Recently I stepped into my car and noticed a note slipped into the weather stripping of my passenger side window. It was a business card for A Good Handyman, Inc. In my book “Turn Your Business Card Into Business” I write about various business card distribution methods including posting on cars, so of course I was intrigued.


The business card I got on my car is a professionally printed full color card with a graphic of an array of handyman tools including a hammer, level, and screwdriver which definitely tells the story. This pictorial suggests that this handyman has the tools for the job and it quickly gives you an idea of the subject matter. The card further displays the owner’s name, George Emerick, phone number and web address as well as the words: licensed, bonded, insured. Additionally there is a small white box indicating that this company received a 2006, 2007 and 2008 Angie’s List Super Service Award. All of this information is important and effective in building confidence in this company and their service. The owner also elected to imprint the name of the person who distributed the card at the bottom. It was explained to me that he felt this was helpful in the potentiality that someone ask whether the distributor had authority to do what he was doing. I am not sure it is necessary but it does show the sensitivity of the owner in regard to being viewed as open and above board. After all he is only trying to utilize a low cost strategy for stimulating business opportunities.


First, a word of caution. “Leafleting” cars can be an effective marketing approach for certain types of businesses but has a few perils to be aware of. If you decide to employ this tactic understand that some people do not like to have anyone come near their cars. As a rule of thumb this applies particularly to newer models and fancier vehicles, clearly not an issue in the case of my “vintage” mini-van related to this encounter. I would suggest staying away from luxury cars that are likely to have sensitive alarms and owners. Be aware that leafleting vehicles in private parking lots such as Wal-Mart or area shopping malls can also result in having you or your helper detained, arrested, fined or at least severely reprimanded. Be sure you understand the laws in your municipality. Lastly, when cars are parallel parked it may seem practical to walk down the middle of the street so that you can leaflet both sides in one pass. Understand that doing this carries the hazard of your being hit by a passing vehicle. Handyman George tells me he is getting a florescent vest for his collector’s “street walking duties.” This technique also means that the business card you distribute will be on the passenger side resulting in an inconvenience to the driver and increasing the possibility that your message is ignored altogether. It is a little more work but advisable to walk along the curb and get all the cars on one side of the street; then walk back down the opposite side of the street again, on the curb side, placing your cards on the driver side windows.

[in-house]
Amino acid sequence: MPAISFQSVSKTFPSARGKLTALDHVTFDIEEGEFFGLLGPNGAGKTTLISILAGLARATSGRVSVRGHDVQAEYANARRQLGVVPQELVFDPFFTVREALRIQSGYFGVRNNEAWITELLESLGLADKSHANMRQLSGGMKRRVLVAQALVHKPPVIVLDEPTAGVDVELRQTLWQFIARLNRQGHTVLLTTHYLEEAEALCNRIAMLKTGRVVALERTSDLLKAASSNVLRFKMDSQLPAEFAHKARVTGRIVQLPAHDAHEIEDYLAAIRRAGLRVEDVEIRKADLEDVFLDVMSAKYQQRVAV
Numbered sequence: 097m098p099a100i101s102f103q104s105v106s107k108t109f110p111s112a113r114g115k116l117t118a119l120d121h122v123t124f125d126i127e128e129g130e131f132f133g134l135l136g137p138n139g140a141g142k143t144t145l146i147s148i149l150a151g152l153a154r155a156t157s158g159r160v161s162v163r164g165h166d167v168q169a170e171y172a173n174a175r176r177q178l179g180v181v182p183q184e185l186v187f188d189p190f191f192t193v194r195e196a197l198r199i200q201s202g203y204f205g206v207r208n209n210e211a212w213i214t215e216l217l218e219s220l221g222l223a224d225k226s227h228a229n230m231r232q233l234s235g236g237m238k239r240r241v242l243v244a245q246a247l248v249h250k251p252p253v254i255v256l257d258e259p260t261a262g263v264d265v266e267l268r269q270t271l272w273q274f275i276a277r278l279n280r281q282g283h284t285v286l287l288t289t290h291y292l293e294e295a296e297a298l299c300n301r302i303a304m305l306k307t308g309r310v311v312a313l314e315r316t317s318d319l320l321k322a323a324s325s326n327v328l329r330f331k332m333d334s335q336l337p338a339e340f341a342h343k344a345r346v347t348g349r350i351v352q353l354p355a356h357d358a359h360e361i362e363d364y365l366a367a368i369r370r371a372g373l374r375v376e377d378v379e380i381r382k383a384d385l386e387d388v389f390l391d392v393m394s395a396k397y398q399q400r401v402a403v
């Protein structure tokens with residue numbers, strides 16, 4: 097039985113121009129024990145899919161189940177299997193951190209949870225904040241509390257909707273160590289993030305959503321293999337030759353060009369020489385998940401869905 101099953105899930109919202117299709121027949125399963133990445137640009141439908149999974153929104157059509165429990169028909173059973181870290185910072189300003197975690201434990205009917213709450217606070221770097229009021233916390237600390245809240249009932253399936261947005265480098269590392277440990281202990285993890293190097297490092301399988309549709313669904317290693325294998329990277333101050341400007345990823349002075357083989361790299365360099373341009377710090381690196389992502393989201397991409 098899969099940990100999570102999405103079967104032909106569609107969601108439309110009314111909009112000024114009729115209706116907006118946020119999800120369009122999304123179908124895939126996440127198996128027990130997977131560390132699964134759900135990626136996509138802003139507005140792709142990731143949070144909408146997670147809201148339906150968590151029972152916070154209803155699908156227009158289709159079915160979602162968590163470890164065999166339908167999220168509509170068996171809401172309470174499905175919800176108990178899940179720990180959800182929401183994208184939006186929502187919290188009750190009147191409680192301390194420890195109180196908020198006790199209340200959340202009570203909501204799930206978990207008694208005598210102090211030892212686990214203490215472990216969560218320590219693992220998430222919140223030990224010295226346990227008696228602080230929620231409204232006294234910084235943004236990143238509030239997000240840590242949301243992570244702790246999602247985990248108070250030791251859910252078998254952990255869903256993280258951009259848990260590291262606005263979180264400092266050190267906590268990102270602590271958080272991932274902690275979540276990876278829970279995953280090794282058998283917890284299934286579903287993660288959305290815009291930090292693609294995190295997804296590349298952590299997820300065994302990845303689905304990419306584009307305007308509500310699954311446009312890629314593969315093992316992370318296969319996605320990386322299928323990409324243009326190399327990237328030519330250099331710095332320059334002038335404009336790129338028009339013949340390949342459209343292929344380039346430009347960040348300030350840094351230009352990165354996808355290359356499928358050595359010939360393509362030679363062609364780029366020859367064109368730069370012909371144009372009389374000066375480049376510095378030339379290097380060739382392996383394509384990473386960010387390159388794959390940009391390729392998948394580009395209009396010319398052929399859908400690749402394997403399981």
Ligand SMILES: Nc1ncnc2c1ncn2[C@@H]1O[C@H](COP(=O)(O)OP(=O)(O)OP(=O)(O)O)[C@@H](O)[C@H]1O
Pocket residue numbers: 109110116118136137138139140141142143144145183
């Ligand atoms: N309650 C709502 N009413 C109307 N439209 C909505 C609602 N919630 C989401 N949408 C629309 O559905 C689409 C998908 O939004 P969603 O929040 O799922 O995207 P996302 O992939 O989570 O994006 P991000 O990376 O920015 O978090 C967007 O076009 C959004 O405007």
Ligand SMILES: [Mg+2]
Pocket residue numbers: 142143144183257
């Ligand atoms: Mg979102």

As to the effectiveness of this strategy, Handyman George tells me that the cards generate a little immediate business but probably more important, are the cards that get thrown in the kitchen drawer, or put up on the refrigerator or household bulletin board.  “We’ve had calls from these as long as 2 years after they are distributed,” Says George.  “I suspect people tend to hang onto a handyman’s card more so than the usual pizza & pub or drain cleaning cards and flyers that we all get. A highly rated handyman is a more rare, and precious find we think.”


George was generous enough to share these statistics with us for his efforts over the last few months.  Distribution about 10,000, card cost about $200 (VistaPrint), labor about $700, respondents 6, jobs won 5, gross income about $550.  Obviously not profitable in the short run, but we’re “betting on the come” said George.


I really appreciate that George views this as a long term strategy. He understands that you cannot always judge the success of an advertising campaign right away. Generally speaking if you break even immediately you’re doing well. Business acquisition is expensive and the return on investment (ROI) should be viewed over the life of the client not simply their initial purchase.


We both agreed that it was not important how big the jobs were but rather that the business card distribution effort resulted in new customers who were willing to sample his service. These small jobs typically result in good long term relationships and that is the ultimate goal. I have not had an opportunity to use “A Good Handyman” but if you’re on the north side of Chicago, you can get information at .


To learn more about business card marketing techniques visit .





Handy Ad Man

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